Be Your Own Trainer

By Janis Jibrin, M.S., R.D.
With research help from exercise scientist Michelle Kennedy, M.S.

What does your heart, immune system, body weight and your mood have in common? They all need exercise to stay in tip-top shape. Exercise plays a role in keeping your entire body healthy. And it’s never too late to begin—benefits start immediately!

To get in shape, you don’t need a personal trainer, or even a gym. But you do need commitment, a pair of good athletic shoes, and a safe place to work out. (For help with the motivation/commitment piece of this, read last month’s story) And, of course, before starting a new exercise program, you first need to consult your health care provider to determine a safe level of exercise for you.

A plan helps a lot, with built-in goals and challenges. Otherwise, it’s tempting to just stay at a comfortable exercise level—or do nothing at all! And while exercise shouldn’t be too tough, it definitely shouldn’t be “comfortable.” Comfortable means you’re not working out hard enough to get those all-important cardiac and strength benefits.

Pace Yourself

Ultimately, we should all be doing, at minimum, 150 minutes of cardio weekly (more for weight loss), as well as getting in some strength training.

If a ten-minute walk winds you, these goals might seem pie-in-the-sky. But you’re not giving your body enough credit; it was designed for exercise and it will respond quickly. Even frail men and women in their 90s found that after eight weeks of high-intensity strength training, they became, on average, 174 percent stronger, gained nine percent more thigh muscle and were able to walk 48 percent more quickly.1 If they can do it, so can you.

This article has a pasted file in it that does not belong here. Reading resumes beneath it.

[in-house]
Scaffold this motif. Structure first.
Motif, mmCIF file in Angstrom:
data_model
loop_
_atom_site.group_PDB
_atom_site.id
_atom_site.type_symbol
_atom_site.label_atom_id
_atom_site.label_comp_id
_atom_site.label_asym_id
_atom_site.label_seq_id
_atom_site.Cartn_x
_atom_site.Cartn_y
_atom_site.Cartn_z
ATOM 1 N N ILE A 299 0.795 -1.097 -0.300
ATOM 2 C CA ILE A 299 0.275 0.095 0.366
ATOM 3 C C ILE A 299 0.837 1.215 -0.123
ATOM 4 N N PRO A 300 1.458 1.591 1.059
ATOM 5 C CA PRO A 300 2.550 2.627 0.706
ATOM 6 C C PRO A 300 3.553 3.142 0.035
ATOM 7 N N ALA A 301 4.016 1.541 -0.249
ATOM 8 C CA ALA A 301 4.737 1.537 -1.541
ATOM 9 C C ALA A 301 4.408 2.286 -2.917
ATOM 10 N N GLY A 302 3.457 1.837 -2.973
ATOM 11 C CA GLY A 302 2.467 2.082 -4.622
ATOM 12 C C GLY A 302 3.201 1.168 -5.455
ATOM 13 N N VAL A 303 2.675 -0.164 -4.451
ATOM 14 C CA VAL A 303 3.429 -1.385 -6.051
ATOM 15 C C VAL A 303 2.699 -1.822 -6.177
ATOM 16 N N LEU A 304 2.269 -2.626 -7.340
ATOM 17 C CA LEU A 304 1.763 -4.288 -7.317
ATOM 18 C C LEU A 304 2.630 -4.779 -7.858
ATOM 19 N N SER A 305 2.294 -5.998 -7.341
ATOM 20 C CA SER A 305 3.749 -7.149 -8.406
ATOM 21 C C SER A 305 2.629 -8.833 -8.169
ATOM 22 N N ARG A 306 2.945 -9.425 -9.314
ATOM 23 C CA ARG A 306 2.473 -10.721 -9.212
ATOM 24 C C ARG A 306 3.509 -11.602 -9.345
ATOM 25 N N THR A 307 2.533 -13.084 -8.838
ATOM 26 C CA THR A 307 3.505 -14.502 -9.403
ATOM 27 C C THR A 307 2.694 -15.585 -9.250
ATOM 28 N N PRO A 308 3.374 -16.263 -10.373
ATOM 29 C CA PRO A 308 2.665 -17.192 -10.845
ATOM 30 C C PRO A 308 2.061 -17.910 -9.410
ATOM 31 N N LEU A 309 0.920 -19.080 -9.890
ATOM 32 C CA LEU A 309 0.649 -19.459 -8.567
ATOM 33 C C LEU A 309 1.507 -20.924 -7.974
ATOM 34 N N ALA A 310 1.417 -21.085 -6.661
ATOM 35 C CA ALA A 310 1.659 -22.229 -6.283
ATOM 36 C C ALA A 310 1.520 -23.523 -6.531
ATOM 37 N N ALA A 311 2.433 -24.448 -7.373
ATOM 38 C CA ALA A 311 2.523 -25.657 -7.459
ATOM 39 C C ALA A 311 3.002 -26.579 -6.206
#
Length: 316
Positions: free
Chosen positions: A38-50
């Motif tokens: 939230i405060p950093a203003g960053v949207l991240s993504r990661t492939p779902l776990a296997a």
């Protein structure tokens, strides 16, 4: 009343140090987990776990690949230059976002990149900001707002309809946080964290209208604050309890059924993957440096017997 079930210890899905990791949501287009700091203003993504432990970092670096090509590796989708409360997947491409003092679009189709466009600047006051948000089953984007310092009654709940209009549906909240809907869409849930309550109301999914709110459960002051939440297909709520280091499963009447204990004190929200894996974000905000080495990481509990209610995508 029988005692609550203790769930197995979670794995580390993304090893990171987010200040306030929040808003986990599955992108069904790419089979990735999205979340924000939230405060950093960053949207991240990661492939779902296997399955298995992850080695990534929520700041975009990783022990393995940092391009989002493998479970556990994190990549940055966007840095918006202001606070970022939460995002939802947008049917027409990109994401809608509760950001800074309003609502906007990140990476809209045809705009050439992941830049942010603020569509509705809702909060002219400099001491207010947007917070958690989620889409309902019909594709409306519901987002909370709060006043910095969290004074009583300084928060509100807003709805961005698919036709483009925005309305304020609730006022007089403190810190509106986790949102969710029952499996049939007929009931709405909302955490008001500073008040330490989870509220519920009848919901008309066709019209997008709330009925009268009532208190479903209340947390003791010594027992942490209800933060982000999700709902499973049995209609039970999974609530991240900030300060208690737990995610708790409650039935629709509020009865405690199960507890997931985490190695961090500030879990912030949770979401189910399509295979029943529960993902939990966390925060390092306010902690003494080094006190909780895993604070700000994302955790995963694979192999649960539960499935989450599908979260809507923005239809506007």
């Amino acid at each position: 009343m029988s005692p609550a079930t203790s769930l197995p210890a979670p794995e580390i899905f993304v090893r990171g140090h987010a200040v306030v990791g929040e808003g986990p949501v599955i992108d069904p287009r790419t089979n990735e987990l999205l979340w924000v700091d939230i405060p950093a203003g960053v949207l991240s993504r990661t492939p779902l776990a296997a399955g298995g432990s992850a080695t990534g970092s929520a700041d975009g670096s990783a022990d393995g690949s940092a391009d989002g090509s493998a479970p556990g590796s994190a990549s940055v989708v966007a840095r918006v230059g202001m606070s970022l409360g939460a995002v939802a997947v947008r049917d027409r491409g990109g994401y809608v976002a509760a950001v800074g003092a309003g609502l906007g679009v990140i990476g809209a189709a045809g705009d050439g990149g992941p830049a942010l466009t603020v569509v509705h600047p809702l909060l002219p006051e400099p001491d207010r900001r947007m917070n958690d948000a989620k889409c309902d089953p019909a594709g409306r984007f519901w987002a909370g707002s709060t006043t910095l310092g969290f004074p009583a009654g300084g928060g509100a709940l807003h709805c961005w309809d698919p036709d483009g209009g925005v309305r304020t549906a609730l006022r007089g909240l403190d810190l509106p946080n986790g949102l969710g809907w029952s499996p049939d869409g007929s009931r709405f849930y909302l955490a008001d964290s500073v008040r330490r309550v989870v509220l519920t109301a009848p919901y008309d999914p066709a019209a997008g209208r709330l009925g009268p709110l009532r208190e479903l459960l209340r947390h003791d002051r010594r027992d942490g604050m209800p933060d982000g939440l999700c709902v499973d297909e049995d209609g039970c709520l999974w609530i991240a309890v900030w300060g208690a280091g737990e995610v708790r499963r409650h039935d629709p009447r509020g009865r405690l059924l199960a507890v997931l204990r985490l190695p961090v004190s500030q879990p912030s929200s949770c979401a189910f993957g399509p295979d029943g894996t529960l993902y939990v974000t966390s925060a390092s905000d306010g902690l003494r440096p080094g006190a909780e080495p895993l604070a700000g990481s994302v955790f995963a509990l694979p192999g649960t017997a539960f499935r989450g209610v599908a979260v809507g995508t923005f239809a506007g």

And you can do it at your own pace, with exercises you enjoy. (Or, at least, don’t hate!) That’s what you get with the plan below. It’s really just an outline: You fill in the type of exercise, when you’ll do it, and how much you’ll do. In a nutshell, here’s how it works:

What if you’re out of shape and sedentary? You can do this! Just start at your own level, even it that’s just a five-minute walk. Think of it this way: the more out of shape you are, the more dramatic improvements in endurance, strength and energy you’ll see. That’s powerful; and can give you the inspiration you need to stick it out.

If you already have a comfortable exercise routine, you might wonder, “Why bother?” Well, increasing the intensity a notch can have significant weight loss and health payoffs as explained under “Get Intense”.

How Much is Enough?

It doesn’t matter if it takes you a few weeks or a year to reach the following fitness goals. At your own pace (but always challenging and pushing yourself a little out of your comfort zone), you should work up to the following levels:

Cardio: At least 150 minutes per week of moderate intensity or 75 minutes a week of high intensity2 (see “Get Intense” for details).

If you need to lose weight, 150-250 minutes/week of moderate-intensity physical activity should lead to modest weight loss.3 To really melt off those pounds, go for 250 minutes per week or more. Once you lose the weight, you’ll need 150 minutes of cardio weekly, maybe more.

Strength: At least six different exercises that that work all major muscle groups (legs, hips, back, abdomen, chest, shoulders, and arms).2 Do 10 to 12 repetitions for each exercise, at least two sets each. Do this at least two days a week; three is even better.

Consult your health care provider to determine a safe level of exercise for you


1 Fiattarone, M.A., et al. High-Intensity Strength Training in Nonagenarians. Effects on Skeletal Muscle. JAMA. 1990 263; No 22, 3029-3034.
2 Garber, CE, et al. Quantity and Quality of Exercise for Developing and Maintaining Cardiorespiratory, Musculoskeletal, and Neuromotor Fitness in Apparently Healthy Adults: Guidance for Prescribing Exercise, Medicine & Science in Sports & Exercise: July 2011, Volume 43, Issue 7, pp 1334-1359
Donnelly, JE. Appropriate Physical Activity Intervention Strategies for Weight Loss and Prevention of Weight Regain for Adults. Medicine & Science in Sports & Exercise: February 2009, Volume 41, Issue 2, pp 459-471.


Next: Challenge Yourself for Life

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